Goerner Will Not Seek Re-Election in the Consolidated Princeton

Princeton Township Mayor Chad Goerner, who many residents hoped would become the first mayor of the consolidated Princeton, has announced that he will not seek reelection to the consolidated governing body.

“Having served for almost six years, I have achieved everything that I set out to accomplish when I first ran for office in 2006,” Goerner said.  “I will instead serve the remainder of my term as mayor and guide the town through a smooth transition without any political distraction.  Serving on the governing body since 2006, with four of those six years in a leadership role, I have been proud of what I have accomplished and it has been an honor to serve my community.”

Goerner said when he first ran for Princeton Township Committee, he set goals that included increased transparency, fiscal responsibility, and the consolidation of the two Princetons.  He says all of those things and more have been accomplished.

To be more transparent, Goerner said the township established an open application process for our boards and commissions, passed pay-to-play reform ordinances, and developed a budget newsletter with the help of a citizens’ finance advisory committee.

In the area of finances, the citizens’ finance advisory committee was created to aid the Township on budgeting and budget related communication with the public. Goerner said the governing body during his tenure had low-increase or zero-increase budgets, with last year’s zero increase not seen in over 25 years in Princeton Township. He also touted the $3.2 million the consolidated Princeton is expected to save annually three years in to consolidation.

Goerner was a major force in the push for consolidation, which voters approved in November. He wrote several editorials and letters on the issue, and discussed its importance when campaigning and at Township reorganization meetings. He served as a member of the shared services and consolidation commission, chaired the finance subcommittee and actively campaigned for consolidation once it was placed on the ballot.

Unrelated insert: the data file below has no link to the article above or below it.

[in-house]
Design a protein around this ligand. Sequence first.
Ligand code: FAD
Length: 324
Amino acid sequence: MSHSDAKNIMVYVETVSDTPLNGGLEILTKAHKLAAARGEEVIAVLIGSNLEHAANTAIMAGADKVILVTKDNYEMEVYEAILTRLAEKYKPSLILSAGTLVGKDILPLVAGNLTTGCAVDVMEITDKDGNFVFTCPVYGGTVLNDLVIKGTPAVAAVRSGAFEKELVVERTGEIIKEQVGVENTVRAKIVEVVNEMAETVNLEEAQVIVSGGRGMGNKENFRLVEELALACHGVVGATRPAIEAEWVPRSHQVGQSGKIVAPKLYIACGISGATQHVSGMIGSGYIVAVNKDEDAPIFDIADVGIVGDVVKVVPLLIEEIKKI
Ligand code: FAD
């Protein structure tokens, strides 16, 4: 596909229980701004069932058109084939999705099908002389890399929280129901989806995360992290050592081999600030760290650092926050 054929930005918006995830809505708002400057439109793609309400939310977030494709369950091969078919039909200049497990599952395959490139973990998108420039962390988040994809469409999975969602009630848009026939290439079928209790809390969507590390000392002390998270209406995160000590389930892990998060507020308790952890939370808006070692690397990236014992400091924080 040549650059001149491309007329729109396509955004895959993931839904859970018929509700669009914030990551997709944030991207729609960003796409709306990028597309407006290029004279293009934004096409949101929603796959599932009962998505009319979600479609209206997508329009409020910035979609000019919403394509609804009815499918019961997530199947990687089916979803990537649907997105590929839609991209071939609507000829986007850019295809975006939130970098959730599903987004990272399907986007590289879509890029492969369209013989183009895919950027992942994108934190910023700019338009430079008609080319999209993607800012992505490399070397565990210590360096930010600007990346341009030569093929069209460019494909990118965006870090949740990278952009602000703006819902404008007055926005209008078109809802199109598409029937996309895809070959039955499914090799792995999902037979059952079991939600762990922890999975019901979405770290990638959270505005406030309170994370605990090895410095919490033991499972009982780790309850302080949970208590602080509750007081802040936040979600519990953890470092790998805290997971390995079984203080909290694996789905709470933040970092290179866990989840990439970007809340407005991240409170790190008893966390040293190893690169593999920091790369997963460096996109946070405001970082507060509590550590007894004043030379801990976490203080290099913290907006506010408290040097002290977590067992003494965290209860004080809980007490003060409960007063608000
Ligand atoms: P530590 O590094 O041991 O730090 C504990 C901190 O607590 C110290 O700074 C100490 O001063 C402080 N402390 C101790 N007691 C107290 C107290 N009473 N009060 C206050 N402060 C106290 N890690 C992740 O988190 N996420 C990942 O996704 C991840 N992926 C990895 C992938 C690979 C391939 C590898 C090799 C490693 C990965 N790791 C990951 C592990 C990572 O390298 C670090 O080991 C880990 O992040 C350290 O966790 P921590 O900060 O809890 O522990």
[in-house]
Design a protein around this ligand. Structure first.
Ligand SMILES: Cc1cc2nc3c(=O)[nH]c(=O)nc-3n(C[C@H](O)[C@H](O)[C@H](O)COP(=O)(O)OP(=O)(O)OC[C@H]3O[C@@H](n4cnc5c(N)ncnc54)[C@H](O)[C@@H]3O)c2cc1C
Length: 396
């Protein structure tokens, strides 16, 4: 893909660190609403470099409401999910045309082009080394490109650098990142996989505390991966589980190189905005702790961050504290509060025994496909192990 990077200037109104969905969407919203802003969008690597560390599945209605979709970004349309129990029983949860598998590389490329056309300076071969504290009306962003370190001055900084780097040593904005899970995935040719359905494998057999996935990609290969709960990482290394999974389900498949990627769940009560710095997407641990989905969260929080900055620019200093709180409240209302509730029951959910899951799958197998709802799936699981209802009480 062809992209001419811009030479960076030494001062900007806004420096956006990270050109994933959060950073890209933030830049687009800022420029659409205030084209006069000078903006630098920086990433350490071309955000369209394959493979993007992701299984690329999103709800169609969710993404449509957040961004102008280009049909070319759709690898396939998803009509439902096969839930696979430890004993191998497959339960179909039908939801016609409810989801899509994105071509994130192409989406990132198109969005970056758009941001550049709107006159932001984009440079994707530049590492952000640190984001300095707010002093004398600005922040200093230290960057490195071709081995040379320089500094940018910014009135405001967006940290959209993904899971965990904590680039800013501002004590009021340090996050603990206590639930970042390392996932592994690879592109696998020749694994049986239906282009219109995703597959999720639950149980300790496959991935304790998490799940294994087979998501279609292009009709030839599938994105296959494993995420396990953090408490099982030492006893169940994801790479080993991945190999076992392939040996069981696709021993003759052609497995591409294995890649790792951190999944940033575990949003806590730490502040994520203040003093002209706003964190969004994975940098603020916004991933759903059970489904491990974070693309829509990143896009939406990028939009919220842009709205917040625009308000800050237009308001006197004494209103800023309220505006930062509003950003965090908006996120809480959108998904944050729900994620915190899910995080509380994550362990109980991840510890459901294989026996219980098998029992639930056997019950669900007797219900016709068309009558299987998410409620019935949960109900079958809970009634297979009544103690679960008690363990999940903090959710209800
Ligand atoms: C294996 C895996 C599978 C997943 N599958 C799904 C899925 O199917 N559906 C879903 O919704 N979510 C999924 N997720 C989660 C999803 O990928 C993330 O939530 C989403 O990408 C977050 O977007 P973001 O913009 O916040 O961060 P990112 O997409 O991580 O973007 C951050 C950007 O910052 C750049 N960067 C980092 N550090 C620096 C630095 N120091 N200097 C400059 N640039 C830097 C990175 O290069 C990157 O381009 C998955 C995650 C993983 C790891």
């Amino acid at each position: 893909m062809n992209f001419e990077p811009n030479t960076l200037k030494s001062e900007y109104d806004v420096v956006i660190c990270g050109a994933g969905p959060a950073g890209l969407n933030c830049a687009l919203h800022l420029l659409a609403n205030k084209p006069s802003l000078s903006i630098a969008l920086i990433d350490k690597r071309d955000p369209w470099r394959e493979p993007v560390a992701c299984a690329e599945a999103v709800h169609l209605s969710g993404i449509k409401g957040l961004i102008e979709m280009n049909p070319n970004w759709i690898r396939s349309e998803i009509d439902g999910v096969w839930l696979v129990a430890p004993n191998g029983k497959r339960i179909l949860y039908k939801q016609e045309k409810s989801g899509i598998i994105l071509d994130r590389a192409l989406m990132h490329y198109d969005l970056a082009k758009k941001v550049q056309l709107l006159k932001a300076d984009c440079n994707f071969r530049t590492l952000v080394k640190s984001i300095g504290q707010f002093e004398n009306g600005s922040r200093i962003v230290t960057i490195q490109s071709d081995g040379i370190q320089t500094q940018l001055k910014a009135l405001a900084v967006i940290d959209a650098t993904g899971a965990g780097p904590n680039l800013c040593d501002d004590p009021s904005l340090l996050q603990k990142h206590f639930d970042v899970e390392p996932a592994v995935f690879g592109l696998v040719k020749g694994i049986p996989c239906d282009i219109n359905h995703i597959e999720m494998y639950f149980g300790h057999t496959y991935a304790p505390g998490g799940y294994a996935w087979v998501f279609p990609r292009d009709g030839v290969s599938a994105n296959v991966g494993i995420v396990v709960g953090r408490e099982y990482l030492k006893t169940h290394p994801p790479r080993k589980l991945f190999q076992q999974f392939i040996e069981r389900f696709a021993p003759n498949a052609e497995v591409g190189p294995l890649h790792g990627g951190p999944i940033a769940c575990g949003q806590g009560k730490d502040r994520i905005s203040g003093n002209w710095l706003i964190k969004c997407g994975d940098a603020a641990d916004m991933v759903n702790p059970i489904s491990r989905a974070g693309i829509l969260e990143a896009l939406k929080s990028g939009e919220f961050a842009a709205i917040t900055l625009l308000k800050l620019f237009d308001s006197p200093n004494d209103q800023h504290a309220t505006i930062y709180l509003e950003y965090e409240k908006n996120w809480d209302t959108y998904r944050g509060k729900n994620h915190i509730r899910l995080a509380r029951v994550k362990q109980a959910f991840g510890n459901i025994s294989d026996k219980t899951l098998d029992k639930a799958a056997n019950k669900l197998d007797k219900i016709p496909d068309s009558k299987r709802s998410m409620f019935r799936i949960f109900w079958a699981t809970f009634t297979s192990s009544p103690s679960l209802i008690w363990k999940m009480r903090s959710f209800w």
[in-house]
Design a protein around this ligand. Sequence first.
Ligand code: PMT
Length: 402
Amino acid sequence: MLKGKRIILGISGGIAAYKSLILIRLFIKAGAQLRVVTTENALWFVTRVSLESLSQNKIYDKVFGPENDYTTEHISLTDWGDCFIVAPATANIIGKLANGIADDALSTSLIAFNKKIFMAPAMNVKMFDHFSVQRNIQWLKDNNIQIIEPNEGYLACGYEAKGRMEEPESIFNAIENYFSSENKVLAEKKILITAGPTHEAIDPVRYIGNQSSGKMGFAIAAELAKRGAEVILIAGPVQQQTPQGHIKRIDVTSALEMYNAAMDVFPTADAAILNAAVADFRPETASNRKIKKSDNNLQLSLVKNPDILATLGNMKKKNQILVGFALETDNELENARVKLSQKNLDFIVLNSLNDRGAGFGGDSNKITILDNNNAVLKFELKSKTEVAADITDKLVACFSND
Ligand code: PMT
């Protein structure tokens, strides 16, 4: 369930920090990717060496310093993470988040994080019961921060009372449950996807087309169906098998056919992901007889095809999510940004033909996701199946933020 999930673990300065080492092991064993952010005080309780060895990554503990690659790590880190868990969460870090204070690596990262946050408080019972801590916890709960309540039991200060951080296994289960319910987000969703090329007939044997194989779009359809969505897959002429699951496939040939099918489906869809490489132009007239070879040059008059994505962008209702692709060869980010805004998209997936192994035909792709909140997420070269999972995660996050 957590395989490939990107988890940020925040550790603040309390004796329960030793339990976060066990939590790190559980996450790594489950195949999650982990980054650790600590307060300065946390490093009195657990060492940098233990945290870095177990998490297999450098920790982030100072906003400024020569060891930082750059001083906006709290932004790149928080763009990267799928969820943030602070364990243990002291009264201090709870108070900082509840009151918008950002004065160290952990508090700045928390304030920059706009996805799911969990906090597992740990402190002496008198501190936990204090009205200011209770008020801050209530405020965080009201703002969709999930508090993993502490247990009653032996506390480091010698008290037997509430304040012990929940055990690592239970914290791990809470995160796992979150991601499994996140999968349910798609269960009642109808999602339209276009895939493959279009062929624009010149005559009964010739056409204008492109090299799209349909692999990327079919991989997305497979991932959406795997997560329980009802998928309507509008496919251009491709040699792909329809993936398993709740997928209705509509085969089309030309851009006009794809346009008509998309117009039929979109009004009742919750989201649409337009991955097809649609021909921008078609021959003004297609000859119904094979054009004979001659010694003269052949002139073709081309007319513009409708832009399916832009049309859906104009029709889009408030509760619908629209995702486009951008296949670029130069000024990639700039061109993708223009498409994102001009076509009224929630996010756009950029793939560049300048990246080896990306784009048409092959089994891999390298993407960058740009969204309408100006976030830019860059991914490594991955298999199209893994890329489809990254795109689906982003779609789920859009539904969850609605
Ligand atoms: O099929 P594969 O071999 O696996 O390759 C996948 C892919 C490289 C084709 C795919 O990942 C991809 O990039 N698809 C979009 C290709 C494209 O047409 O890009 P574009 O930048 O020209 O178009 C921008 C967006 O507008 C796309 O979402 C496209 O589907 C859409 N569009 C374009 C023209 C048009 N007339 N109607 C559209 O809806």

He said his focus now is on seeking a smooth transition to a single governing body in 2013.

Goerner,36, first ran for local office when he was 29. He said he ran to make a difference and change things.

“We’ve done that, and it is something I will always look back on and be proud of,” he said. “One of the things I learned is that we have such an interesting community in Princeton. Everyone wants to be involved, and has their own opinion. Sometimes making policies and plans can be difficult because of this, but at the end of the day we end up with a great plan because we have a lot of great minds in this town.”

A vice president at UBS, Goerner is exploring the possibility of starting a new business and said he hopes a break from politics will help him focus on the new business venture.

“In order to do that I do need to have some additional time, that’s one of the reasons I’m stepping back a little bit. But I’m not closing the door on future political plans. I’m just taking a break.”